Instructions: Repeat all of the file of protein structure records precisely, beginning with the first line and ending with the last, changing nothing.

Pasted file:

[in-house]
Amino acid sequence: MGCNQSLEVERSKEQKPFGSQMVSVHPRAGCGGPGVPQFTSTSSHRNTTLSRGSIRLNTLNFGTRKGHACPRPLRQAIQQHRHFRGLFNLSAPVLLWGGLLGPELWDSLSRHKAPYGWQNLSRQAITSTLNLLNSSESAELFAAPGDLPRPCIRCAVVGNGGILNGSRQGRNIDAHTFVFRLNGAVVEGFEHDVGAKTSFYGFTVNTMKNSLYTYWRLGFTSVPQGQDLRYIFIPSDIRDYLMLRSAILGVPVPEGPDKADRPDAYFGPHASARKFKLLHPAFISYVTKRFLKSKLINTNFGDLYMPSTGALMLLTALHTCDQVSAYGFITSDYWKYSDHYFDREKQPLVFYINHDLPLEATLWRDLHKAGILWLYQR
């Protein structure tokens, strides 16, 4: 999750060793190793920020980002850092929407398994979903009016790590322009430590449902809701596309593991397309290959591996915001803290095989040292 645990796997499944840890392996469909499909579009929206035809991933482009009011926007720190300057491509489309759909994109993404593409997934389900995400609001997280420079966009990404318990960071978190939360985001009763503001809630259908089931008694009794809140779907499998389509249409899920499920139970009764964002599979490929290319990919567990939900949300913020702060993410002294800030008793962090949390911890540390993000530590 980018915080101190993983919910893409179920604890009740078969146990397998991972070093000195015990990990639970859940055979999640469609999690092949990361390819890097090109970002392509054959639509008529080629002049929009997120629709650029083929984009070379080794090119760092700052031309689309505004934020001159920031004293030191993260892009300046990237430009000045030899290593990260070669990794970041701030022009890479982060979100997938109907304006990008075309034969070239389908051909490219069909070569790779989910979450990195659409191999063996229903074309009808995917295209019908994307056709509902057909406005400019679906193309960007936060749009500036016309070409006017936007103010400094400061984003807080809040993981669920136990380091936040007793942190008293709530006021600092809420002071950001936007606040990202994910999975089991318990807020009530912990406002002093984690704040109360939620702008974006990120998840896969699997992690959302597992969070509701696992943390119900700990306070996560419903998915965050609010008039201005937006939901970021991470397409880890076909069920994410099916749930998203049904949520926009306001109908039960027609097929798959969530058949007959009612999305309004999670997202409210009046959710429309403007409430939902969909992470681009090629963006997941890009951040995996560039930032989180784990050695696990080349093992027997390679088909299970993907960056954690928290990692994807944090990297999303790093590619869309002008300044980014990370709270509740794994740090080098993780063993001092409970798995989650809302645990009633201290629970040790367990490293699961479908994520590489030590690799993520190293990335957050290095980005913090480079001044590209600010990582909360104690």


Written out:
[in-house]
Amino acid sequence: MGCNQSLEVERSKEQKPFGSQMVSVHPRAGCGGPGVPQFTSTSSHRNTTLSRGSIRLNTLNFGTRKGHACPRPLRQAIQQHRHFRGLFNLSAPVLLWGGLLGPELWDSLSRHKAPYGWQNLSRQAITSTLNLLNSSESAELFAAPGDLPRPCIRCAVVGNGGILNGSRQGRNIDAHTFVFRLNGAVVEGFEHDVGAKTSFYGFTVNTMKNSLYTYWRLGFTSVPQGQDLRYIFIPSDIRDYLMLRSAILGVPVPEGPDKADRPDAYFGPHASARKFKLLHPAFISYVTKRFLKSKLINTNFGDLYMPSTGALMLLTALHTCDQVSAYGFITSDYWKYSDHYFDREKQPLVFYINHDLPLEATLWRDLHKAGILWLYQR
């Protein structure tokens, strides 16, 4: 999750060793190793920020980002850092929407398994979903009016790590322009430590449902809701596309593991397309290959591996915001803290095989040292 645990796997499944840890392996469909499909579009929206035809991933482009009011926007720190300057491509489309759909994109993404593409997934389900995400609001997280420079966009990404318990960071978190939360985001009763503001809630259908089931008694009794809140779907499998389509249409899920499920139970009764964002599979490929290319990919567990939900949300913020702060993410002294800030008793962090949390911890540390993000530590 980018915080101190993983919910893409179920604890009740078969146990397998991972070093000195015990990990639970859940055979999640469609999690092949990361390819890097090109970002392509054959639509008529080629002049929009997120629709650029083929984009070379080794090119760092700052031309689309505004934020001159920031004293030191993260892009300046990237430009000045030899290593990260070669990794970041701030022009890479982060979100997938109907304006990008075309034969070239389908051909490219069909070569790779989910979450990195659409191999063996229903074309009808995917295209019908994307056709509902057909406005400019679906193309960007936060749009500036016309070409006017936007103010400094400061984003807080809040993981669920136990380091936040007793942190008293709530006021600092809420002071950001936007606040990202994910999975089991318990807020009530912990406002002093984690704040109360939620702008974006990120998840896969699997992690959302597992969070509701696992943390119900700990306070996560419903998915965050609010008039201005937006939901970021991470397409880890076909069920994410099916749930998203049904949520926009306001109908039960027609097929798959969530058949007959009612999305309004999670997202409210009046959710429309403007409430939902969909992470681009090629963006997941890009951040995996560039930032989180784990050695696990080349093992027997390679088909299970993907960056954690928290990692994807944090990297999303790093590619869309002008300044980014990370709270509740794994740090080098993780063993001092409970798995989650809302645990009633201290629970040790367990490293699961479908994520590489030590690799993520190293990335957050290095980005913090480079001044590209600010990582909360104690």